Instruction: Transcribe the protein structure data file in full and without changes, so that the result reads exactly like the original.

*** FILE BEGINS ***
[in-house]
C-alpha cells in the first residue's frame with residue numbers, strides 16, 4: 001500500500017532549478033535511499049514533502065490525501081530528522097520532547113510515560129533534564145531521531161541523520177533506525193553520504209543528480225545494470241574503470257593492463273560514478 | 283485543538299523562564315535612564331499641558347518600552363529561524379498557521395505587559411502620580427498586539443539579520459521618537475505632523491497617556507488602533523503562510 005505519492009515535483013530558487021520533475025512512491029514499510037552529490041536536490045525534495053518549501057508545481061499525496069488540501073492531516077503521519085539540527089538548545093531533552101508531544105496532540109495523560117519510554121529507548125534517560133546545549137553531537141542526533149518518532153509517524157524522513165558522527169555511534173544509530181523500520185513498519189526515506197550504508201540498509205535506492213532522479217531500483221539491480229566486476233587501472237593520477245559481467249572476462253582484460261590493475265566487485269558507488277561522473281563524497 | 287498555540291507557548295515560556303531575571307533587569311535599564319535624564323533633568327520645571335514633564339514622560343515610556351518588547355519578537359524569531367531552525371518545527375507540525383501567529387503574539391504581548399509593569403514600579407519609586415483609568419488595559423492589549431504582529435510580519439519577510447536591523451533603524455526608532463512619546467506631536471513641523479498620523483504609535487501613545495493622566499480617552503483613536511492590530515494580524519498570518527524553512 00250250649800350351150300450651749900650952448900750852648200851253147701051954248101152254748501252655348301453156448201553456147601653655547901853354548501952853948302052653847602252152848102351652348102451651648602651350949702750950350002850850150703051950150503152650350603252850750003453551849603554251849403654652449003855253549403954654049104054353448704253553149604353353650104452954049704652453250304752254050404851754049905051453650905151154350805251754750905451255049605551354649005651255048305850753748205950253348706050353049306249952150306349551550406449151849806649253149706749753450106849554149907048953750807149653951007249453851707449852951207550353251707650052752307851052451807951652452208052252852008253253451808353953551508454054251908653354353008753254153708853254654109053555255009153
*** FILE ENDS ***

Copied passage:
[in-house]
C-alpha cells in the first residue's frame with residue numbers, strides 16, 4: 001500500500017532549478033535511499049514533502065490525501081530528522097520532547113510515560129533534564145531521531161541523520177533506525193553520504209543528480225545494470241574503470257593492463273560514478 | 283485543538299523562564315535612564331499641558347518600552363529561524379498557521395505587559411502620580427498586539443539579520459521618537475505632523491497617556507488602533523503562510 005505519492009515535483013530558487021520533475025512512491029514499510037552529490041536536490045525534495053518549501057508545481061499525496069488540501073492531516077503521519085539540527089538548545093531533552101508531544105496532540109495523560117519510554121529507548125534517560133546545549137553531537141542526533149518518532153509517524157524522513165558522527169555511534173544509530181523500520185513498519189526515506197550504508201540498509205535506492213532522479217531500483221539491480229566486476233587501472237593520477245559481467249572476462253582484460261590493475265566487485269558507488277561522473281563524497 | 287498555540291507557548295515560556303531575571307533587569311535599564319535624564323533633568327520645571335514633564339514622560343515610556351518588547355519578537359524569531367531552525371518545527375507540525383501567529387503574539391504581548399509593569403514600579407519609586415483609568419488595559423492589549431504582529435510580519439519577510447536591523451533603524455526608532463512619546467506631536471513641523479498620523483504609535487501613545495493622566499480617552503483613536511492590530515494580524519498570518527524553512 00250250649800350351150300450651749900650952448900750852648200851253147701051954248101152254748501252655348301453156448201553456147601653655547901853354548501952853948302052653847602252152848102351652348102451651648602651350949702750950350002850850150703051950150503152650350603252850750003453551849603554251849403654652449003855253549403954654049104054353448704253553149604353353650104452954049704652453250304752254050404851754049905051453650905151154350805251754750905451255049605551354649005651255048305850753748205950253348706050353049306249952150306349551550406449151849806649253149706749753450106849554149907048953750807149653951007249453851707449852951207550353251707650052752307851052451807951652452208052252852008253253451808353953551508454054251908653354353008753254153708853254654109053555255009153